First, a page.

Constipation in Children
- Author Sharon Yirilli
- Published April 8, 2011
- Word count 806
Constipation can be an issue for many children. Constipation often leads to lack of appetite. It seems to be a vicious cycle, and is sometimes hard to tell if the problem began when the child became constipated and didn’t want to eat or if he didn’t want to eat then became constipated. Constipation leads to less food intake because the child is full. Think about it in terms of a drain. If the drain is moving well and the contents are flowing through the drain, it is able to accept more without a problem. If however the drain is backed up it is unable to continue working properly and will not accept new contents. In this way the drain is similar to the digestive system. As long as he is eating and having regular bowel movements, he will be more willing to accept food. If however he is backed up and isn’t having bowel movements regularly. Your child will be resistant to food and not able to adequately accept meals.
Although some children have bowel movements as far apart as every three days, hard stools and bowel movements further apart than this should be treated as constipation.
There are many reasons for constipation.
Willful avoidance of the toilet. For children who are in the process or just finished potty training, this is the number one reason they become constipated. Toddlers often do not have the patience or willingness to take the time to stop playing and go on the toilet. These children need to be forced to go on the toilet at regular intervals to decrease the chances of constipation.
Changes in diet. Especially in children with feeding problems, changes in diet can affect bowel habits. Often as a baby transitions from formula to solid food constipation may occur while the body adjusts.
Lack of fluid. Not drinking enough fluid during the day is a major culprit in constipation. Children often need much more fluid then they are getting, and if constipation is a problem a simple solution is to increase the amount of fluid he gets.
Low fiber diets. Although the importance of fiber in preventing constipation in children is not proven, a balanced diet with adequate amounts of all nutrients help prevent constipation.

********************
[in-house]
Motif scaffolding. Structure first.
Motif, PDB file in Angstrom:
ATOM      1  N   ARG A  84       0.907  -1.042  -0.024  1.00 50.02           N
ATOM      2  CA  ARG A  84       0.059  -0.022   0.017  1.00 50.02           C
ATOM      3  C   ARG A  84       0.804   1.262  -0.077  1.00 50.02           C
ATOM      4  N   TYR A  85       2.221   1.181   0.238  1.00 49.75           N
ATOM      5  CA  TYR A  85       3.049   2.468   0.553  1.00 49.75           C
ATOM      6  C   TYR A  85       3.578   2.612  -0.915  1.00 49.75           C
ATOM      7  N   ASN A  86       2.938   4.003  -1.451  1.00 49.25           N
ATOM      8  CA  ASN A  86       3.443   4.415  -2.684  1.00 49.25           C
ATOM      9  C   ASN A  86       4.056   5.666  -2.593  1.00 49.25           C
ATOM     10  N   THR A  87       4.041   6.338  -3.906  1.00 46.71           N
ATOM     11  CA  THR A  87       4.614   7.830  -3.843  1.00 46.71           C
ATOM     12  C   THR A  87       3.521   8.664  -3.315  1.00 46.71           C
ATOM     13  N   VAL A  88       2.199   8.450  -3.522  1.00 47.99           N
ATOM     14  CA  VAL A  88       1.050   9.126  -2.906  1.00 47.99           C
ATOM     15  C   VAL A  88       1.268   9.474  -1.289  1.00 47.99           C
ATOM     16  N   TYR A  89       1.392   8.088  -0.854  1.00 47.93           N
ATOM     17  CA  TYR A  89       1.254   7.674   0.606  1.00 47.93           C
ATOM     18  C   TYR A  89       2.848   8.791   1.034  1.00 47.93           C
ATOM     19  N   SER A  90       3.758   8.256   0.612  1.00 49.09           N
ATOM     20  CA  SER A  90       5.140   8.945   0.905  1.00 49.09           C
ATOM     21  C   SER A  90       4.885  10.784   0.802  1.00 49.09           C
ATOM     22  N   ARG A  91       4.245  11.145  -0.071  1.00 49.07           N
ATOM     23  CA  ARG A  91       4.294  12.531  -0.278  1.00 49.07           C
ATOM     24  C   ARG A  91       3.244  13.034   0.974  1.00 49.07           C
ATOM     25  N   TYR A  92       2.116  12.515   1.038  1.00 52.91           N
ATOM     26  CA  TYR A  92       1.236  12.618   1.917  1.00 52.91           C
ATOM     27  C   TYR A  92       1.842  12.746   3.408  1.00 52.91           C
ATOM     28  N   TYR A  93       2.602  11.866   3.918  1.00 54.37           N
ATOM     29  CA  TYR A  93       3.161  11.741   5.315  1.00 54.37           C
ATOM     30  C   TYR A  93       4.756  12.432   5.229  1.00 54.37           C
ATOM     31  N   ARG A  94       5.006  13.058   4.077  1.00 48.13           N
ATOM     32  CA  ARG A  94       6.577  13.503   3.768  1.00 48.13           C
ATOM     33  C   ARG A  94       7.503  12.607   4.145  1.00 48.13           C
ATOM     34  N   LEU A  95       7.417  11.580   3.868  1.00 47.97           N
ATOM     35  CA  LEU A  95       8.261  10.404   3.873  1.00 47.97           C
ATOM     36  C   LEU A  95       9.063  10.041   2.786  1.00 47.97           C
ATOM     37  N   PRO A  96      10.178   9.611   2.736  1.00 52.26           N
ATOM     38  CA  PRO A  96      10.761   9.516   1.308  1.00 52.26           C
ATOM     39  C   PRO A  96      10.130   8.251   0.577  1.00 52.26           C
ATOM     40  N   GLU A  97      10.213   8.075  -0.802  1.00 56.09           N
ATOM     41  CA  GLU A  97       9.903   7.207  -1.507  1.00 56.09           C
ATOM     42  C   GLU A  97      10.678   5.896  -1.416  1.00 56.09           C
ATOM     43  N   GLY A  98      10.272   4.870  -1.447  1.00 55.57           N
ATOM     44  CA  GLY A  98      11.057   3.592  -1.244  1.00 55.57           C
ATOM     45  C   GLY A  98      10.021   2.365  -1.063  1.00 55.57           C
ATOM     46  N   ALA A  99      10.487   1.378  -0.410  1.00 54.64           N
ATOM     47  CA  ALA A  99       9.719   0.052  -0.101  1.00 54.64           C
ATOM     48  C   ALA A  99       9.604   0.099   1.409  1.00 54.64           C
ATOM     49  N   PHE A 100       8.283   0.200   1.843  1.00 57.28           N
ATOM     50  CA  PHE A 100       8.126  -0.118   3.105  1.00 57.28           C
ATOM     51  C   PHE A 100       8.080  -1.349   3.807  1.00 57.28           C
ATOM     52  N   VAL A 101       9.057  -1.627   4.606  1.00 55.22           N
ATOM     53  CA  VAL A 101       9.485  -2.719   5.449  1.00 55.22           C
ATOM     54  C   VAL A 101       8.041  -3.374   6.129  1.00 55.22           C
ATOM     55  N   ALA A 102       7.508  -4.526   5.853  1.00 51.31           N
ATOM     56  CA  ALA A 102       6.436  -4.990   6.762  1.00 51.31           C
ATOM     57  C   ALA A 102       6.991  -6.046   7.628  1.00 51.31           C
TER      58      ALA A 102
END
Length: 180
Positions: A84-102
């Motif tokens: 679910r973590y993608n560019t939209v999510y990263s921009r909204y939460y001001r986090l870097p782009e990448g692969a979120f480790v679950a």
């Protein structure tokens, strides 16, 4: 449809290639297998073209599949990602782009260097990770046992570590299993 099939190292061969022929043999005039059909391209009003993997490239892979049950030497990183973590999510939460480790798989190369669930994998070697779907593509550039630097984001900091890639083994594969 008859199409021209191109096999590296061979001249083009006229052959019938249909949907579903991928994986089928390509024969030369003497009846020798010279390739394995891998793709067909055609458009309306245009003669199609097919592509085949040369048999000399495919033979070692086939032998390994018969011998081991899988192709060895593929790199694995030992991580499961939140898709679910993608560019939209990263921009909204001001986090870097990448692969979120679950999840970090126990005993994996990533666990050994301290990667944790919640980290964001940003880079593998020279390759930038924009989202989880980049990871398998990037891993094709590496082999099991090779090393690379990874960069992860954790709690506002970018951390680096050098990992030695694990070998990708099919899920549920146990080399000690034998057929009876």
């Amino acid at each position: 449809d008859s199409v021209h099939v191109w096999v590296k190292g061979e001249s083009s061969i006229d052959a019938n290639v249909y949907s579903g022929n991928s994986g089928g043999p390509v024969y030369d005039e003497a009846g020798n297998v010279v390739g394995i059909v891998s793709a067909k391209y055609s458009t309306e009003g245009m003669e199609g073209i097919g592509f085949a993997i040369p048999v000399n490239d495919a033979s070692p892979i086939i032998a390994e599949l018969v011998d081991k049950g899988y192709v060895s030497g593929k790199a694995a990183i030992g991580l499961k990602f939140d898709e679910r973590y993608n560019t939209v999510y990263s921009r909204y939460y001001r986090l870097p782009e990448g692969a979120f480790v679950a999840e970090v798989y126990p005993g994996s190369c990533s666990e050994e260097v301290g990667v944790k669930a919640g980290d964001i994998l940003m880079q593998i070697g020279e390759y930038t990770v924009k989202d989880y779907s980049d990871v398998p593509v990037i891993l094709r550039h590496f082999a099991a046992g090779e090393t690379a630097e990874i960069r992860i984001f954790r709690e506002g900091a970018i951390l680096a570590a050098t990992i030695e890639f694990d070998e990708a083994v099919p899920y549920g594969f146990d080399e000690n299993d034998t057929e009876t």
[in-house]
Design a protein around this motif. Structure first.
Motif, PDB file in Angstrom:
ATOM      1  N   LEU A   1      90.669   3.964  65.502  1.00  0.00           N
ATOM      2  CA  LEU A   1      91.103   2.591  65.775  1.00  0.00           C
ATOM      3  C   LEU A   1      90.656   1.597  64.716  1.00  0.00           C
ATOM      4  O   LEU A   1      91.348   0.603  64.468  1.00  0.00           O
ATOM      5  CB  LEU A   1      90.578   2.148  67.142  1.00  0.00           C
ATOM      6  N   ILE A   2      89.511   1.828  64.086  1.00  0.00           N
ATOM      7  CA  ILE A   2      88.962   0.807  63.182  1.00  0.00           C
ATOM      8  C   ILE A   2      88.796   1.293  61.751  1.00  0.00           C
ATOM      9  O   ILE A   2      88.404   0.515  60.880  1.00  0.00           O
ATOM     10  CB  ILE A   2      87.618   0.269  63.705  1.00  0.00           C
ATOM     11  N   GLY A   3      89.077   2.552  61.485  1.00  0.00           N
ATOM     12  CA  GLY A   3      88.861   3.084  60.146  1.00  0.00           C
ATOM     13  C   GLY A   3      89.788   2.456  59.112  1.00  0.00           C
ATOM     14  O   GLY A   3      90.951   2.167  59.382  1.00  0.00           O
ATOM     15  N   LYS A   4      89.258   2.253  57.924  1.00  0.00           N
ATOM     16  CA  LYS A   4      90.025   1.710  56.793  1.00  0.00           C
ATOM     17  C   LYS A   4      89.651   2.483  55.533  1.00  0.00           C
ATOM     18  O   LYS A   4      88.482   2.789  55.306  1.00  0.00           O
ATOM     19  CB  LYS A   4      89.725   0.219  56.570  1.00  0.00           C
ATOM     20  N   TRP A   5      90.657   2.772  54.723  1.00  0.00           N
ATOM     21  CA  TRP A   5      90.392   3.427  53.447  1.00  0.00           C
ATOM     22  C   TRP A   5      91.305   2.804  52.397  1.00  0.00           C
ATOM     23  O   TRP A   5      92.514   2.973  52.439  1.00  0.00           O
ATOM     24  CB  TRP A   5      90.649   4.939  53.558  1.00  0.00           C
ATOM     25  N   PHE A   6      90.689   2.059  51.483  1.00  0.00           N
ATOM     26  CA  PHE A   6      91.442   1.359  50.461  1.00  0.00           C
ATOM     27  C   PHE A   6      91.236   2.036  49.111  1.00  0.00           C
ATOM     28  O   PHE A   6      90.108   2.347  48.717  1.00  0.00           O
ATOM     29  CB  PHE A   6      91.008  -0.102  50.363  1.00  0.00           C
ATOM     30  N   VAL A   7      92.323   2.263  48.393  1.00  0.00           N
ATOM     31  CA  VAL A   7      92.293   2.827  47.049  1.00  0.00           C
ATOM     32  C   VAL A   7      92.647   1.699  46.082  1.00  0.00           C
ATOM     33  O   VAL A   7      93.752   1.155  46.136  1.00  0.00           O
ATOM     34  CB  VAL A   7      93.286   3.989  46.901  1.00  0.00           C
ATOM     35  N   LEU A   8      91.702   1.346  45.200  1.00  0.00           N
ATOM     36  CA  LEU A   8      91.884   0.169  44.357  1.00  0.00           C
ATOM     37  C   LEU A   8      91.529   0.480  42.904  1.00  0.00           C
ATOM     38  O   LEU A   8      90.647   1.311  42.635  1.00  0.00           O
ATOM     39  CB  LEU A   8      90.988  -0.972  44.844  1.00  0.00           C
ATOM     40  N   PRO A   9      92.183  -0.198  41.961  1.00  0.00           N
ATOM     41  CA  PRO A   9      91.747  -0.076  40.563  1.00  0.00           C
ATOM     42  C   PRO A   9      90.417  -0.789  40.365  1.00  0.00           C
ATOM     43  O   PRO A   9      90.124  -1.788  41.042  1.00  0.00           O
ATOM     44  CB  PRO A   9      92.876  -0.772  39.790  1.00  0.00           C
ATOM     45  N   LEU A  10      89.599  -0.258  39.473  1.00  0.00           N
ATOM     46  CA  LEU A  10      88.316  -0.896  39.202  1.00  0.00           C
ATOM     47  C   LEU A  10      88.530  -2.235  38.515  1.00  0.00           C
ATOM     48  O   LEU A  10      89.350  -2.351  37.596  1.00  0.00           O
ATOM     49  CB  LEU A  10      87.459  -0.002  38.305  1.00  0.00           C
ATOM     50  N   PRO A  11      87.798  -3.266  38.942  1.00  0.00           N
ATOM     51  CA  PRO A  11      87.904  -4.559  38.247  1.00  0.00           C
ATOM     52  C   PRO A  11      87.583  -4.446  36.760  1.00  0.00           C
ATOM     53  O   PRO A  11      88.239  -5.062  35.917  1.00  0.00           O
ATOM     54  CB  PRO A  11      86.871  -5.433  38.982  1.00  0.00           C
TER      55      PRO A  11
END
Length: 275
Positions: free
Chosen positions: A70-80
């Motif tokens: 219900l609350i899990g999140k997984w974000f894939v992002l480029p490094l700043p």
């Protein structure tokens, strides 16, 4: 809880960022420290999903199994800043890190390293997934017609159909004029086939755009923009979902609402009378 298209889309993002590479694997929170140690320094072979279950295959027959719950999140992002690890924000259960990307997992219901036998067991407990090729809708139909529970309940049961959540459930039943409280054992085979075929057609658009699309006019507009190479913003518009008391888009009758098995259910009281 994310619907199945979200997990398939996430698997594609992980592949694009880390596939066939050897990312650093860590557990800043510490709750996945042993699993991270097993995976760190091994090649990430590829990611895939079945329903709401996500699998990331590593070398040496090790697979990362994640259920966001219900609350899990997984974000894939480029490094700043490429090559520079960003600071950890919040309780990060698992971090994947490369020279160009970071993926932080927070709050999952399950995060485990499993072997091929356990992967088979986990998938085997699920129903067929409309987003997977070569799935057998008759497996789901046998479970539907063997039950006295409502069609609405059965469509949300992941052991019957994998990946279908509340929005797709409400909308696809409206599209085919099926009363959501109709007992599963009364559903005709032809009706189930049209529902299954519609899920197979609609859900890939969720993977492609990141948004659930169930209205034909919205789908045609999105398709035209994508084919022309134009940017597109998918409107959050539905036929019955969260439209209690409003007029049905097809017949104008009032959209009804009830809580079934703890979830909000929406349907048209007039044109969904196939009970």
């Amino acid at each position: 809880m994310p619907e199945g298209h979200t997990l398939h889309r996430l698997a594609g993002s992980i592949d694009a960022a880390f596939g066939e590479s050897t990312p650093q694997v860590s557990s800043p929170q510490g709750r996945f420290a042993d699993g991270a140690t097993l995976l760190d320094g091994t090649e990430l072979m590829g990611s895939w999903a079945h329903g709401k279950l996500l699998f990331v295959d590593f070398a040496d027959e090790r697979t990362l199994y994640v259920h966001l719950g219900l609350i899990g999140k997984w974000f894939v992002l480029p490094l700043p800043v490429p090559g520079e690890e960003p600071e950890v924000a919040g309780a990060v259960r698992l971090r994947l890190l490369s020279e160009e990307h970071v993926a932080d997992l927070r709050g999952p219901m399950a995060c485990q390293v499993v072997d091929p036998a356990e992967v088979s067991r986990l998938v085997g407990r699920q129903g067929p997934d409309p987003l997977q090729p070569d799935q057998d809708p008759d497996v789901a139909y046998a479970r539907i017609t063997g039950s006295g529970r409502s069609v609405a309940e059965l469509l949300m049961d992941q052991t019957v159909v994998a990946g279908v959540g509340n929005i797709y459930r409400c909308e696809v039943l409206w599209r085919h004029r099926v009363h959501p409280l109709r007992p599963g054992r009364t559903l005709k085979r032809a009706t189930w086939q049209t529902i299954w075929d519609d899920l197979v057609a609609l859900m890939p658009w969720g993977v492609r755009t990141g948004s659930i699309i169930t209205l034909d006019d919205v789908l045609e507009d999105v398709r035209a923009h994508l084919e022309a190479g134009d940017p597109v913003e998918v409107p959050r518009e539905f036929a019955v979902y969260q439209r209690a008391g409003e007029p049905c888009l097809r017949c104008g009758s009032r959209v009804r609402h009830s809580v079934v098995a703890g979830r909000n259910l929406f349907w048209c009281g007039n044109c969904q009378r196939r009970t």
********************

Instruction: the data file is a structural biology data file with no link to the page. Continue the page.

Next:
Low muscle tone. For children with low muscle tone, constipation is an issue because of abnormal colonic movement.
Once a child is constipated, a visit to the doctor may be necessary to determine the degree of constipation and course of treatment. The doctor may administer an enema or recommend oral medication to cause a bowel movement. After your child is cleaned out, the doctor may recommend a laxative or stool softener for between a few months to a few years.
To prevent constipation from reoccurring, it is very important to give your child adequate fluids and provide a balanced diet. Other prevention methods include:
Mix 2 ounces of prune juice with 2 ounces of water and give this mixture one time per day.
To encourage your child to drink more fluids, provide juice ice pops or give drinks throughout the day. This can be tricky with an underweight child since you don’t want to fill them up on low calorie liquids, so make sure the fluids count and provide high calorie fluids whenever possible.
Add benefiber to meals. Although adding fiber is not proven to help children, if your child has a poor diet it can be a good idea to add fiber to the diet. Start slow with 1 scoop of benefiber per day and do not go over 2 scoops without consulting with a doctor.
Add 2 ounces of prune or pear puree to hot cereal.
Have your child drink small amounts of fruit nectars (~4 ounces/day).
Cut back on dairy products. Dairy usually contributes a significant amount of calories and nutrients to a toddler’s diet; however it can also be a contributing cause of constipation in many children. Many children become dependant on excessive amounts of milk, yogurt and pudding, leaving little room for fruits, vegetables and whole grains. In addition, cow’s milk protein can be a contributing factor to constipation. Limiting dairy to 12 to 16 ounces per day can lead to an improvement in constipation. Soy milk can be a good alternative that is usually less constipating then cow’s milk.
Remember to vary your child's diet as much as possible and provide a variety of fruits and vegetables. If constipation becomes a recurring problem, mention it to your child's pediatrician. He can determine if medication is needed or if tests should be done to rule out other reasons for your child's constipation. It is also a good idea to make an appointment with a dietitian to make sure there is nothing in your child's diet that can be tweaked to help prevent constipation.
Sharon Yirilli is a dietitian that counsels parents of children with feeding issues. She has a private practice in Whitestone, NY and is available for phone counseling nationwide. Visit her website at http://www.feeding-underweight-children.com to learn more about how to treat children with feeding issues, join a feeding forum for parents, or make an appointment.Article source: http://articlebiz.com
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